No sooner do we have news that the UK is getting serious about hydrogen cars (see story), then we have the death knell sounded for electric cars.
An article on Reuters suggests that this rise of hydrogen-powered fuel cell cars (FCEVs) could signal the end of electric cars.
According to news agency, announcements from two of Japan’s biggest carmakers hint the end is nigh for battery electric cars (BEVs).
Firstly is a statement from Toyota’s Vice Chairman Takeshi Uchiyamada, the so-called "father of the Prius" who helped hybrids achieve mainstream success. He believes fuel cell vehicles hold far more promise than battery electric cars.
"Because of its shortcomings — driving range, cost and recharging time — the electric vehicle is not a viable replacement for most conventional cars," said Uchiyamada. "We need something entirely new."
Secondly comes an announcement from Nissan’s chief executive, Carlos Ghosn-said to be the most outspoken proponent of battery electric cars around-that the carmaker will produce petrol hybrids alongside its fully electric models.
That’s been seen by the wider industry as an acknowledgement that fully electric cars are failing to live up to their hype. With an investment of some €5bn in battery electric cars as part of the Renault-Nissan Alliance, Nissan needs EVs to pay off.
Not one or the other
But there is no reason why the arrival of hydrogen-driven fuel cell cars (FCEVs) means the end of the battery car. For the most part it is more likely that the two will work alongside each other, as hydrogen cars will remain even pricier than electric models for some time. For inner city use in particular, battery cars are a lot easier to adapt to. As every home has an electricity supply, it is easy enough for a charger for an electric car to be fitted at home for the purpose of recharging.
While critics point out that electric cars are still suffering from a lack of infrastructure, the network is growing strongly.
For hydrogen cars the story is quite different; there are no mass-market home refuelling solutions yet available. Although such a solution could be quickly brought to market (there are working prototypes out there), they are bulky and impractical compared to a small wall charging unit for a BEV. That means they won’t suit homes without garages or apartments without good storage. And the range-at around 300 miles-is better than most BEV cars offer, but for an inner city worker, is it really needed or worth paying more for?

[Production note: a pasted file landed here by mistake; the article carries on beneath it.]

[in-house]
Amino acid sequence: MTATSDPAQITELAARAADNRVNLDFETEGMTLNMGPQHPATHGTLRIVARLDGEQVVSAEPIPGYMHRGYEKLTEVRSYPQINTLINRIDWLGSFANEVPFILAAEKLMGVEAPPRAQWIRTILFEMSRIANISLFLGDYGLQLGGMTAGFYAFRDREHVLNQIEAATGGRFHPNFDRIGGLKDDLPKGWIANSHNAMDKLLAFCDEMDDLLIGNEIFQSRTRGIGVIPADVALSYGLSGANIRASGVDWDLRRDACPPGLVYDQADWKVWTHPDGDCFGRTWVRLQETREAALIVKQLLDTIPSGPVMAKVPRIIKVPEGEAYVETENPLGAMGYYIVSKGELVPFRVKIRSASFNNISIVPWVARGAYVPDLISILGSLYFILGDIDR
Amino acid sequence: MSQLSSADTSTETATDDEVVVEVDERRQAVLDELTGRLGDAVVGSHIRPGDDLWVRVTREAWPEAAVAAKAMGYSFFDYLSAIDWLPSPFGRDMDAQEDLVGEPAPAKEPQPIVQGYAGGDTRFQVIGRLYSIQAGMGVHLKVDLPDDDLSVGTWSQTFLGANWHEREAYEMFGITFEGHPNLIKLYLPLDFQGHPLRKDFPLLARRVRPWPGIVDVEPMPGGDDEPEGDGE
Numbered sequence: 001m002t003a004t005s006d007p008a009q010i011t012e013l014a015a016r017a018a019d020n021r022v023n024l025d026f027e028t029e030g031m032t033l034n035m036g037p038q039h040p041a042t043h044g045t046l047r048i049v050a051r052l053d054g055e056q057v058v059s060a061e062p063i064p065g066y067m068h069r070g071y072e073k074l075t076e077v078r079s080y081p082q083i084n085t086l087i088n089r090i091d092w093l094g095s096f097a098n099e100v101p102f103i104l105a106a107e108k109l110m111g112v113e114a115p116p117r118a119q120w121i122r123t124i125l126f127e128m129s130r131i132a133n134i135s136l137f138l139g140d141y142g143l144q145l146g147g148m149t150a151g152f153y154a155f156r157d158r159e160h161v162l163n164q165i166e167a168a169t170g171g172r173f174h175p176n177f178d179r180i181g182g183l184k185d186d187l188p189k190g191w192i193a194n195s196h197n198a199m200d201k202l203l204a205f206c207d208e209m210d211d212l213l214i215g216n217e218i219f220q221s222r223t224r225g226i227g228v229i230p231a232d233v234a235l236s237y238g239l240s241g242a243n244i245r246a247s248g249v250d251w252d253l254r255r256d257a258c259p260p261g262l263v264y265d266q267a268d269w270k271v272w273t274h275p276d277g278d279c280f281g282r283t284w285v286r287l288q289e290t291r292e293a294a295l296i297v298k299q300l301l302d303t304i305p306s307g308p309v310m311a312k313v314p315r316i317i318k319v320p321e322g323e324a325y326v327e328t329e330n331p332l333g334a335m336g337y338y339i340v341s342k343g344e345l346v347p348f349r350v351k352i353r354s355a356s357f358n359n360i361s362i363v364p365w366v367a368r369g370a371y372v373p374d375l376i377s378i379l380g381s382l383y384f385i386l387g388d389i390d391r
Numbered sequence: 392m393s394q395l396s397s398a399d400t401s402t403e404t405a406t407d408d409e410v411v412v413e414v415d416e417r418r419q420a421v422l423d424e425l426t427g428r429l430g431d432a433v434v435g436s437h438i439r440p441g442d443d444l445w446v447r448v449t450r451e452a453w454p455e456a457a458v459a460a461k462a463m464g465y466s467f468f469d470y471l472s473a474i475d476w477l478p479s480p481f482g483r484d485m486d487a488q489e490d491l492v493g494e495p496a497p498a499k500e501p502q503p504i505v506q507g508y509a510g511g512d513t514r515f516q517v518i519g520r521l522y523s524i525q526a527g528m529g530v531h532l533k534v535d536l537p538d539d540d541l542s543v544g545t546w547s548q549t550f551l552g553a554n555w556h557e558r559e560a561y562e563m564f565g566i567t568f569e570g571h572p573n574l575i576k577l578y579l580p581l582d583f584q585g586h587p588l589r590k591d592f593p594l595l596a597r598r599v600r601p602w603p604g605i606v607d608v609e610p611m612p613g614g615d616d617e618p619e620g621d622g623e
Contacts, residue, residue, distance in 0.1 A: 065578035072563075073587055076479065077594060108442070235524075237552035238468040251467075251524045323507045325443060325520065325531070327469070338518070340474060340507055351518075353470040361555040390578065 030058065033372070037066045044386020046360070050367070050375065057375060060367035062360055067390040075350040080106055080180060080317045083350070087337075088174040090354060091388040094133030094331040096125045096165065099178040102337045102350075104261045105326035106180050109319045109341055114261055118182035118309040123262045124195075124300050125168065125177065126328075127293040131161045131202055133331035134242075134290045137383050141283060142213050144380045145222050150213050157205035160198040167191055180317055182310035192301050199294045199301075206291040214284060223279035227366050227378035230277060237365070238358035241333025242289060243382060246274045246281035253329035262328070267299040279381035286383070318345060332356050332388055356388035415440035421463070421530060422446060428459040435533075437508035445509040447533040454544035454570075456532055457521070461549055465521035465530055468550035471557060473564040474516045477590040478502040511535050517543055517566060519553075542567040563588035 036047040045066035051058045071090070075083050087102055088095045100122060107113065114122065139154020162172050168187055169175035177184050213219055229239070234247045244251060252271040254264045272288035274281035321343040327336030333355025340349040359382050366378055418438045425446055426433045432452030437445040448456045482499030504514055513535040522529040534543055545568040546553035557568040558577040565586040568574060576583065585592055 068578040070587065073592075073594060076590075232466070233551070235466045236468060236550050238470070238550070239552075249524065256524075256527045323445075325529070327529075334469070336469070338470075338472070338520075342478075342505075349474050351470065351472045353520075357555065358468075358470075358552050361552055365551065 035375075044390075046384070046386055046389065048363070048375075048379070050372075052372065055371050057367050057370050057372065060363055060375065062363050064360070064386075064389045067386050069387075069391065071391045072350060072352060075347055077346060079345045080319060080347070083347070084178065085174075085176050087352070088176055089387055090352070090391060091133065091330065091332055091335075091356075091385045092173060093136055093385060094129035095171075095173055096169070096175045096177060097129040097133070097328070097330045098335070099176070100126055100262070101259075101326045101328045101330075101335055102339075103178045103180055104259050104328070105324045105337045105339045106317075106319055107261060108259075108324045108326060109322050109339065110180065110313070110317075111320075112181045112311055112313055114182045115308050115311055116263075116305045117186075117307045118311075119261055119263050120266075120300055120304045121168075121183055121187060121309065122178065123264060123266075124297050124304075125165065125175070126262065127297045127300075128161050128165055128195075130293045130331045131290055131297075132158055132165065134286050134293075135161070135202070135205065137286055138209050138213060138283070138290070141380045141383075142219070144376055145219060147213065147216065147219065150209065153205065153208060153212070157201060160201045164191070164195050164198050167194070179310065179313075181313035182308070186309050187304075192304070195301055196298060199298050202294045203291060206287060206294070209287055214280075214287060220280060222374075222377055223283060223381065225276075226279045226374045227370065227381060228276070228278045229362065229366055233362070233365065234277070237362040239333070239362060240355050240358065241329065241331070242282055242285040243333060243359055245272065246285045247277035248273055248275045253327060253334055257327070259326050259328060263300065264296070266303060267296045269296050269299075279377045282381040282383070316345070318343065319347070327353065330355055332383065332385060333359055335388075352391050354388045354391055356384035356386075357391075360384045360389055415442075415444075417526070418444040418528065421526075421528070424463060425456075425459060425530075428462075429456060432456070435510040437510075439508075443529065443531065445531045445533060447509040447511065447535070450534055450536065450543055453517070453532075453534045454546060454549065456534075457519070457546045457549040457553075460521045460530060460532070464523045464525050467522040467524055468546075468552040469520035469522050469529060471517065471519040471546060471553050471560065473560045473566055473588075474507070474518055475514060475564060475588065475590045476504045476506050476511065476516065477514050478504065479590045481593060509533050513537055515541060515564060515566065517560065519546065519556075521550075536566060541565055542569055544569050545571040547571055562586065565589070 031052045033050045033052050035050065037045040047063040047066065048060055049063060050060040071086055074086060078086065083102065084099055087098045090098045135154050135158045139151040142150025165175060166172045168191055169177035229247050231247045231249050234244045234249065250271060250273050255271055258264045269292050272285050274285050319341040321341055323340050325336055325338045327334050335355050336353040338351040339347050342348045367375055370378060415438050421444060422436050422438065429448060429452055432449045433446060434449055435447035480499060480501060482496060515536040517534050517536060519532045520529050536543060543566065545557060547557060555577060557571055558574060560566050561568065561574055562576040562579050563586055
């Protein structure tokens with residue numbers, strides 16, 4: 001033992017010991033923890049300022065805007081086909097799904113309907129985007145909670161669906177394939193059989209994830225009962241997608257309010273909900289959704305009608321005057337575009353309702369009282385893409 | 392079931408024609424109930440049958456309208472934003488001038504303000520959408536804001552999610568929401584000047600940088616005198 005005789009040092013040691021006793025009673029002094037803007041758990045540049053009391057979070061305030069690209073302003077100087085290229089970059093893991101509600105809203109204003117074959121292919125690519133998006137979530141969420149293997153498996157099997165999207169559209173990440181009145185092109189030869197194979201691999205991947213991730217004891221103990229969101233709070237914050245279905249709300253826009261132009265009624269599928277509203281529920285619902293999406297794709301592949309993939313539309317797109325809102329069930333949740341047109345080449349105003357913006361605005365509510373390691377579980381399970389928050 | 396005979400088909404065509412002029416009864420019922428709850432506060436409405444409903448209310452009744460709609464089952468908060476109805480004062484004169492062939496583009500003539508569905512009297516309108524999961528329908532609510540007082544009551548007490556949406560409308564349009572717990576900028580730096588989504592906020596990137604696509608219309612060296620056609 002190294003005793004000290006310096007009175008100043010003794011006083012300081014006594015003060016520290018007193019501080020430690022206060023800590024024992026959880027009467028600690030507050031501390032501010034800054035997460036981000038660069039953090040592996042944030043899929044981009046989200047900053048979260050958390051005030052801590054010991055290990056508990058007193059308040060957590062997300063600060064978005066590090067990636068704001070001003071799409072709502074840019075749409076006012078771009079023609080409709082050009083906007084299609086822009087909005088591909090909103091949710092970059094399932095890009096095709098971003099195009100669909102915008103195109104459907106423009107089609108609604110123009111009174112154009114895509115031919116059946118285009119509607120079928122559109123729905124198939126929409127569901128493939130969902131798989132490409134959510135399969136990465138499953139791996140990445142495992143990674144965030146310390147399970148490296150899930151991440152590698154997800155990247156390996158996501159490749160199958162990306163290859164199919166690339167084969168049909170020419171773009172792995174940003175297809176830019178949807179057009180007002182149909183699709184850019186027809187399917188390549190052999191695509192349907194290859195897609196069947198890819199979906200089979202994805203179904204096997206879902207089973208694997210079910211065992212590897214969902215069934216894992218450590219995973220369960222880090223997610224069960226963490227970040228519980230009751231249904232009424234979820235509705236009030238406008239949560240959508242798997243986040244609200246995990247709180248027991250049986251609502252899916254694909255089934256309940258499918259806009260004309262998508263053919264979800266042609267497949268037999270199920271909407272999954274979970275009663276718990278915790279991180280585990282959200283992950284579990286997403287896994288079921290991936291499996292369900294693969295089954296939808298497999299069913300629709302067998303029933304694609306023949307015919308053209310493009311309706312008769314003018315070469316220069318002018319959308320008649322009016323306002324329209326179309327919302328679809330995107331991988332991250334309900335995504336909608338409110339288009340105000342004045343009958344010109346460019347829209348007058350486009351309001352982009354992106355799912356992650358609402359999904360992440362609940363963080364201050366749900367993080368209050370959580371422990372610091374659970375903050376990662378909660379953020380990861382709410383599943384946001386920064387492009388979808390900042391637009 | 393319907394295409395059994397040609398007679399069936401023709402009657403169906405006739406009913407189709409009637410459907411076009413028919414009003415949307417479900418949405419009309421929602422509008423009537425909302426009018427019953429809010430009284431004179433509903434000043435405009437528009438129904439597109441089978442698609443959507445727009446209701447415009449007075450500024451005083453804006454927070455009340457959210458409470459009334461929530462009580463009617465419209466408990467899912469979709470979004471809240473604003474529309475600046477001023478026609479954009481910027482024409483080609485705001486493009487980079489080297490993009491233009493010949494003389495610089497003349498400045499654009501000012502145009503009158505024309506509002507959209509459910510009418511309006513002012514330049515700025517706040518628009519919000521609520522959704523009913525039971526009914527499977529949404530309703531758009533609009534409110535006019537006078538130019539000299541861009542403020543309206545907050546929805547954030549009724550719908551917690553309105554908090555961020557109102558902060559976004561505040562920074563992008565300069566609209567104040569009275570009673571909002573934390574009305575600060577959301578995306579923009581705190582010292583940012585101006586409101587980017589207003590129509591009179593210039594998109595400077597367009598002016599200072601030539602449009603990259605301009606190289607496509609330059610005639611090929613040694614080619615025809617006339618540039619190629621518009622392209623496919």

Fear not EV fans, hydrogen cars are a few years away yet and when they do arrive, the recharging infrastructure for them will be well behind that of EVs.
While Reuters might suggest that the electric cars are running out of charge, according to Pike Research worldwide sales of these vehicles will reach 3.8 million by 2020. In the UK, there is a target for 1.5 million by 2020 (according to the EU Clean Fuel Strategy), while hydrogen cars will take an extra ten years to reach that figure, according to the UKH2Mobility project.
Our Green Piece this week explores whether hydrogen cars are finally on their way (read here).
You can read the full Reuters opinion piece here.
Faye has been writing about cars and environmental issues since 2007. A suspected eco-warrior working on the corporate inside, Faye mainly likes the weird, quirky vehicles that show a distinct environmental advantage. Her ideal car has enough room to fit a bale of hay in the boot. When not working, she likes nothing better than to head out on her bicycle and explore the countryside.
It's clear that as technology develops further for hydrogen there still is the looming and depressing reality that even if hydrogen fuelled vehicle's make it to mass production we won't be able to make our own fuel because the government makes a massive amount of money from oil so they won't just turn a switch and let us destroy their income stream.
February 17, 2013